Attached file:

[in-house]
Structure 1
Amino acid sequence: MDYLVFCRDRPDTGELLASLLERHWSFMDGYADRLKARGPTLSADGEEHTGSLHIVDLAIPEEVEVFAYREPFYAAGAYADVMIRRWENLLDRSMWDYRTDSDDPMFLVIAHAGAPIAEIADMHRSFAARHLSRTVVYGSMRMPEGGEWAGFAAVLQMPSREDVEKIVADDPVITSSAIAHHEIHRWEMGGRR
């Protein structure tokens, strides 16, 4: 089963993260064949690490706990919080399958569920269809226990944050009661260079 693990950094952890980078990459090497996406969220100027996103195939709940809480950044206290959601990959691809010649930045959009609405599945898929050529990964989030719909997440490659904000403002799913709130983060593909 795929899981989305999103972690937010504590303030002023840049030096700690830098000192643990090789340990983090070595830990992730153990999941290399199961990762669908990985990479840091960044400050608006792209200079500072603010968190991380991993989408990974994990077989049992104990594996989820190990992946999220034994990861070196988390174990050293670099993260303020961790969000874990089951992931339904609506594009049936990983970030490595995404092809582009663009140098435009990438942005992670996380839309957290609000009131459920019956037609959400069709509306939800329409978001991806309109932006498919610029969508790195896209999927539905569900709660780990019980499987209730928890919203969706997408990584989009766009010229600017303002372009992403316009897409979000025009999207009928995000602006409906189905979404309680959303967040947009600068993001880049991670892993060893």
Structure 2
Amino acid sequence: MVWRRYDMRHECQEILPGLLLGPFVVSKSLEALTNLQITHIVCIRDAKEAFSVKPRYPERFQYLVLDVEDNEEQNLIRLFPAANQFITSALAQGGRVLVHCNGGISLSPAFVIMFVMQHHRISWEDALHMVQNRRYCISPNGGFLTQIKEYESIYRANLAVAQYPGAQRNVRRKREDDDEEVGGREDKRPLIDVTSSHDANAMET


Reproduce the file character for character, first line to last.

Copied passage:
[in-house]
Structure 1
Amino acid sequence: MDYLVFCRDRPDTGELLASLLERHWSFMDGYADRLKARGPTLSADGEEHTGSLHIVDLAIPEEVEVFAYREPFYAAGAYADVMIRRWENLLDRSMWDYRTDSDDPMFLVIAHAGAPIAEIADMHRSFAARHLSRTVVYGSMRMPEGGEWAGFAAVLQMPSREDVEKIVADDPVITSSAIAHHEIHRWEMGGRR
């Protein structure tokens, strides 16, 4: 089963993260064949690490706990919080399958569920269809226990944050009661260079 693990950094952890980078990459090497996406969220100027996103195939709940809480950044206290959601990959691809010649930045959009609405599945898929050529990964989030719909997440490659904000403002799913709130983060593909 795929899981989305999103972690937010504590303030002023840049030096700690830098000192643990090789340990983090070595830990992730153990999941290399199961990762669908990985990479840091960044400050608006792209200079500072603010968190991380991993989408990974994990077989049992104990594996989820190990992946999220034994990861070196988390174990050293670099993260303020961790969000874990089951992931339904609506594009049936990983970030490595995404092809582009663009140098435009990438942005992670996380839309957290609000009131459920019956037609959400069709509306939800329409978001991806309109932006498919610029969508790195896209999927539905569900709660780990019980499987209730928890919203969706997408990584989009766009010229600017303002372009992403316009897409979000025009999207009928995000602006409906189905979404309680959303967040947009600068993001880049991670892993060893």
Structure 2
Amino acid sequence: MVWRRYDMRHECQEILPGLLLGPFVVSKSLEALTNLQITHIVCIRDAKEAFSVKPRYPERFQYLVLDVEDNEEQNLIRLFPAANQFITSALAQGGRVLVHCNGGISLSPAFVIMFVMQHHRISWEDALHMVQNRRYCISPNGGFLTQIKEYESIYRANLAVAQYPGAQRNVRRKREDDDEEVGGREDKRPLIDVTSSHDANAMET